Some energy companies have declined to provide heating oil to homes in Maine this winter because ice and snow have made it difficult to safely make deliveries.

A messy mixture of rain and snow on Sunday, coupled with two storms that battered parts of the state last week, have led some companies to refuse delivery to some homes, mainly along rural roads or in neighborhoods with piles of snow.

No state agency tracks the number of failed deliveries, but anecdotal evidence from heating oil businesses indicates that in some areas, mainly north of Portland, drivers of oil trucks have run into difficult situations in accessing properties.

It’s the driver who decides whether to deliver oil to any house or business. Although the oil may be a necessity for the customer, the drivers may be wary of risking their safety and a truckload of oil worth $15,000 by trying to climb a steep and icy driveway, maneuver under ice-encrusted branches or navigate snow-clogged back roads.

“It’s frustrating for customers because they think (because) the plow truck can come down, the oil truck should (be able to),” said Les Thomas, owner of Cash Energy, which operates 40 trucks that distribute heating oil from Scarborough to Bangor.

Last week, Cash Energy drivers refused to make deliveries to about 25 houses each day, of the hundreds of daily runs by the company’s trucks.

Other companies said they have denied service to some homes sporadically because of icy roads, but they could not provide figures on how many customers went without oil deliveries.

Many people who may be cash-strapped from the holidays and the weak economy order the minimum amount of fuel – usually 100 gallons – to avoid a delivery charge. Those residents run out of oil more often and require more visits from trucks, Thomas said.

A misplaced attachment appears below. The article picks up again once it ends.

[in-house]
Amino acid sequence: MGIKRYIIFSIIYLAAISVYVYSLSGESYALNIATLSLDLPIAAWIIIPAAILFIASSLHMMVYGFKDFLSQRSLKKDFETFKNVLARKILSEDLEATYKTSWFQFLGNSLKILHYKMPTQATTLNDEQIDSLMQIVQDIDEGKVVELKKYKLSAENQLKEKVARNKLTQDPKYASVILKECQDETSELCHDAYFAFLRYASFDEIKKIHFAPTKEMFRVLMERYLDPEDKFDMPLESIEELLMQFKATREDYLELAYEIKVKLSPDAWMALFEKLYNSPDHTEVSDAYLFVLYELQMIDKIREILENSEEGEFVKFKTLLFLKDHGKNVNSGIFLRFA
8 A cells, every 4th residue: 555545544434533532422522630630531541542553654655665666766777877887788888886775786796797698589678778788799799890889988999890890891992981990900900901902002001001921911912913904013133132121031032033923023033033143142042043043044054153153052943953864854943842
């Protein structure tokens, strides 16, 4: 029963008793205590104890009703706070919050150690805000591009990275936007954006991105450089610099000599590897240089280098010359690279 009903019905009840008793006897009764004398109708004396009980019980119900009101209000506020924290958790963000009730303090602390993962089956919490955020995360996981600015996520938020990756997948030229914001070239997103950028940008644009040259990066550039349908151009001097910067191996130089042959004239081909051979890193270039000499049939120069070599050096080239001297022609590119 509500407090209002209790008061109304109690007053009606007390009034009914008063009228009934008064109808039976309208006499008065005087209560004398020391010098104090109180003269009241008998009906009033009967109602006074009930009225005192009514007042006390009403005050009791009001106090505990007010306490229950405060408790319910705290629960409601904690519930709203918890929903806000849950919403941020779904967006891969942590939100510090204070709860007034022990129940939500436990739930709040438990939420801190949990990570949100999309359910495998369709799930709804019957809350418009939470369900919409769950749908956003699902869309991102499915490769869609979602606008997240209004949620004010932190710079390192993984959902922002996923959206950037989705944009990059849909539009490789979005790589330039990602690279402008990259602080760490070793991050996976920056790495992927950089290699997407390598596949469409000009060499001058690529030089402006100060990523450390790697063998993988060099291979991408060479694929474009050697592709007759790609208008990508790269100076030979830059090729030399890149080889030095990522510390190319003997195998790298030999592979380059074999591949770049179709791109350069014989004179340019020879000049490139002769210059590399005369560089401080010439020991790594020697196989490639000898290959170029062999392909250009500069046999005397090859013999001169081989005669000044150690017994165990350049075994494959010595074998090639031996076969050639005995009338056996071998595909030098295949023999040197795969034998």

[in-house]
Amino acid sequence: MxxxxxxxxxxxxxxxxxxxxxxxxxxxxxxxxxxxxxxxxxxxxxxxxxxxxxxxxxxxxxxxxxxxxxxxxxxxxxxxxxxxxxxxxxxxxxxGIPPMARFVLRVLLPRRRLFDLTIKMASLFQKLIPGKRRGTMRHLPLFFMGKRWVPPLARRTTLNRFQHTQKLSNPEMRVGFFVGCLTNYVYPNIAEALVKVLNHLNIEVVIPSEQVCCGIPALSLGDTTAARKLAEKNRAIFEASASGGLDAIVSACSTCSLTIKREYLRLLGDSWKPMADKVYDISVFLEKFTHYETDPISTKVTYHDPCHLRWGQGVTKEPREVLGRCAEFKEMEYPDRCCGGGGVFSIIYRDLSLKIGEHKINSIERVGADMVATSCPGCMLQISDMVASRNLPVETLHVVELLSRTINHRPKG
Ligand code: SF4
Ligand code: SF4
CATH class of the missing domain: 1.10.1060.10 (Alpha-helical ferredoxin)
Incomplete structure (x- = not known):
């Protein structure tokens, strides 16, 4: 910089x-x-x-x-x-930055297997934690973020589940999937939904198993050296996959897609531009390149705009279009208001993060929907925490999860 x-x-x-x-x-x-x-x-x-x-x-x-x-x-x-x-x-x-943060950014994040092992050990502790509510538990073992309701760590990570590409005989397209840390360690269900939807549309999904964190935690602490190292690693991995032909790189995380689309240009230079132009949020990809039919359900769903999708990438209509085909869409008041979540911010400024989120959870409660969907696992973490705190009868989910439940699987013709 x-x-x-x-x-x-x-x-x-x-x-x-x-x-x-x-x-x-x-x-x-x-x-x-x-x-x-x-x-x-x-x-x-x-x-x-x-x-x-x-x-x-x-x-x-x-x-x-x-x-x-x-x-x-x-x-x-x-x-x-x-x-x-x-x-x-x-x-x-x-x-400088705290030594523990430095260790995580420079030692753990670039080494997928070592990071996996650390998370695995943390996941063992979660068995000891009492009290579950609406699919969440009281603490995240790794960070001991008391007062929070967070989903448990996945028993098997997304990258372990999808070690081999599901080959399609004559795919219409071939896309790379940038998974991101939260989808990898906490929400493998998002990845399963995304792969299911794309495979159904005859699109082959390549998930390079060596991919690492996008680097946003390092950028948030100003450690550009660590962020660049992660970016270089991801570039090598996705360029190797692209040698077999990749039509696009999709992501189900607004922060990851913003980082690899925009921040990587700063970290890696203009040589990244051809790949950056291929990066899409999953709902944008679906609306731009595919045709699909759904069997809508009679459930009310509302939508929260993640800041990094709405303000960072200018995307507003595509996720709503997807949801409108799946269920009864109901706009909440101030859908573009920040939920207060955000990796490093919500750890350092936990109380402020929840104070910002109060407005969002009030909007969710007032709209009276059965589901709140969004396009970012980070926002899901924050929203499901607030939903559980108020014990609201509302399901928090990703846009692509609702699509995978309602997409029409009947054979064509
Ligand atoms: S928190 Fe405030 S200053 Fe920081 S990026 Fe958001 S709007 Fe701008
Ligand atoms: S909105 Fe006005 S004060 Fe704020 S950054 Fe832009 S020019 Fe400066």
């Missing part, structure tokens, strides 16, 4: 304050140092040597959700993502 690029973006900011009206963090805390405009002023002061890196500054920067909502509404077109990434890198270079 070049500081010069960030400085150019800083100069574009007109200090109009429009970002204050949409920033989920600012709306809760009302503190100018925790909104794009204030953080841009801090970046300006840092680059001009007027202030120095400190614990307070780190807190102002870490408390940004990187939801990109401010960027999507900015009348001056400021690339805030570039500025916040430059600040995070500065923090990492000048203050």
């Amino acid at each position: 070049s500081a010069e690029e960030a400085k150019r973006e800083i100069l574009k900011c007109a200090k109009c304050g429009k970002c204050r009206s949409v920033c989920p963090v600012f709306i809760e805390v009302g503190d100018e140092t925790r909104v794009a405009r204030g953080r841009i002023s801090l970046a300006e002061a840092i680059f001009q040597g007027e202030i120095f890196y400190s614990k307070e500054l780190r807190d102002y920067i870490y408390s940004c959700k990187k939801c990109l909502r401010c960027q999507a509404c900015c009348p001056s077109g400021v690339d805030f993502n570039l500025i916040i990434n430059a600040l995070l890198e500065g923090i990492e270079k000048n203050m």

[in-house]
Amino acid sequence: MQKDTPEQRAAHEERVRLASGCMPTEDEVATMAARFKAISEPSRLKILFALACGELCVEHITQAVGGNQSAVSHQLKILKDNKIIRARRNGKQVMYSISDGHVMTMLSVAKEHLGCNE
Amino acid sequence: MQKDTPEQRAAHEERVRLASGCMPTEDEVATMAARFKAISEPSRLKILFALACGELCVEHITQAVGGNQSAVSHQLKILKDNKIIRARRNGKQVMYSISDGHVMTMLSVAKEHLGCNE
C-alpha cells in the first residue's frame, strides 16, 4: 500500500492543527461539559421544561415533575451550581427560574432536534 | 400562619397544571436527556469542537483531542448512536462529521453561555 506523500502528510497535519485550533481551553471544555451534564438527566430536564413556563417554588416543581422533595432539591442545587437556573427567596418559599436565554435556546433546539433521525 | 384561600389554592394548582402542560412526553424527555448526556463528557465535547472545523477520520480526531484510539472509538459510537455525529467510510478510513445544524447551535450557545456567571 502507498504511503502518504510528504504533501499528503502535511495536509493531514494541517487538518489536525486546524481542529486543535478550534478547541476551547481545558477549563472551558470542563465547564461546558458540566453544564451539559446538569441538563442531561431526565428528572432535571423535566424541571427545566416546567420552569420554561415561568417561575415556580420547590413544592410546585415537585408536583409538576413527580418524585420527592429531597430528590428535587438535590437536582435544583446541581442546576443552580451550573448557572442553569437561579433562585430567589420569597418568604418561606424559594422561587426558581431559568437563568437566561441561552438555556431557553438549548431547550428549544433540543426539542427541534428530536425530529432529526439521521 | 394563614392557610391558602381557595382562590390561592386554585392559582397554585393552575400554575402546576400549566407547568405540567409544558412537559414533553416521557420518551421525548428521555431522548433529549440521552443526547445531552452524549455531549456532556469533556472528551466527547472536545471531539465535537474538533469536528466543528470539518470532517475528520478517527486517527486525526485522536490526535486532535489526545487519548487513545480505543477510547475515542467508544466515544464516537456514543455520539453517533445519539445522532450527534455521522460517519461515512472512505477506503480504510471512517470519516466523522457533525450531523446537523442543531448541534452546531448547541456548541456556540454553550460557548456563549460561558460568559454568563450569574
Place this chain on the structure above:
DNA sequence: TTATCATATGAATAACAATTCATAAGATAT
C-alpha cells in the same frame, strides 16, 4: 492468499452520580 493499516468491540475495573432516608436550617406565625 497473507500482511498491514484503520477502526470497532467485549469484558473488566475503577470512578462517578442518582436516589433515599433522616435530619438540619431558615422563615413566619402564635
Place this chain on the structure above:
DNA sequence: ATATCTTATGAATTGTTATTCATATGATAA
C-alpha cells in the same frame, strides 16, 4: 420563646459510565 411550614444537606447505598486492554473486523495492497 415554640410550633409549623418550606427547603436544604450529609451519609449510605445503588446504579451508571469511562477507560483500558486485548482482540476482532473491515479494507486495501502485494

“Customers are agitated. No one likes spending $400, especially this time after the holiday. I think they’re cutting it close,” Thomas said.

The average price for No. 2 heating oil in Maine rose 4 cents last week, to $3.76 a gallon, part of a month-long upswing. Prices are 20 cents higher now than they were at the end of November, said Lisa Smith, senior planner in the Governor’s Energy Office, which tracks heating fuel prices.

Kerosene prices are also rising, and a regional shortage of propane has increased the price of that fuel.

A spokesman for Dead River Co., one of Maine’s largest oil and propane delivery companies, reported similar difficulties with deliveries, but couldn’t specify how many people had to wait longer than expected.

“We contact the customer and talk to them about what needs to be done to get the truck in,” said Dead River spokesman Casey Cramton. “It’s not uncommon that these things happen.”

Before an oil delivery, the customer must be sure to shovel or plow the driveway wider than usual to accommodate a large oil truck, and ensure that a path is shoveled to the oil filler pipe. If public roads are not cleared adequately, a call to the municipality could help speed their treatment with salt, sand or plows.

Even smaller companies are making tough choices about providing services.

Durham Oil Co., which operates three oil trucks and one propane truck, refused deliveries to about a half-dozen customers last week because of poor conditions at the houses.

“Folks aren’t thinking, I guess,” said Durham Oil co-owner Mickie Thibeault. “They’re thinking they need their oil, but they’re not always thinking their driveway needs to be clear.”

So many people have called for deliveries that Durham Oil has restricted some of its service to regular customers.

Several days of bitter cold and a storm that’s expected to bring more snow later this week have increased demand for deliveries, oil companies have said.

Adding to the pressure is the fact that qualified and willing drivers for fuel trucks are in short supply, said Jamie Py, executive director of the Maine Energy Marketer’s Association, a trade group for oil- and gas-related companies.

A driver must have a commercial driver’s license and a hazardous-materials endorsement on the license, which requires fingerprinting. Then, if a driver needs access to oil terminals, he or she must be granted a second form of identification and go through a secondary screening and fingerprinting process.

Also, federal rules limit professional drivers to 60 hours on the road per week.

“We don’t have dozens of people standing around to do this,” Py said.

Matt Byrne can be contacted at 791-6303 or at:

[email protected]

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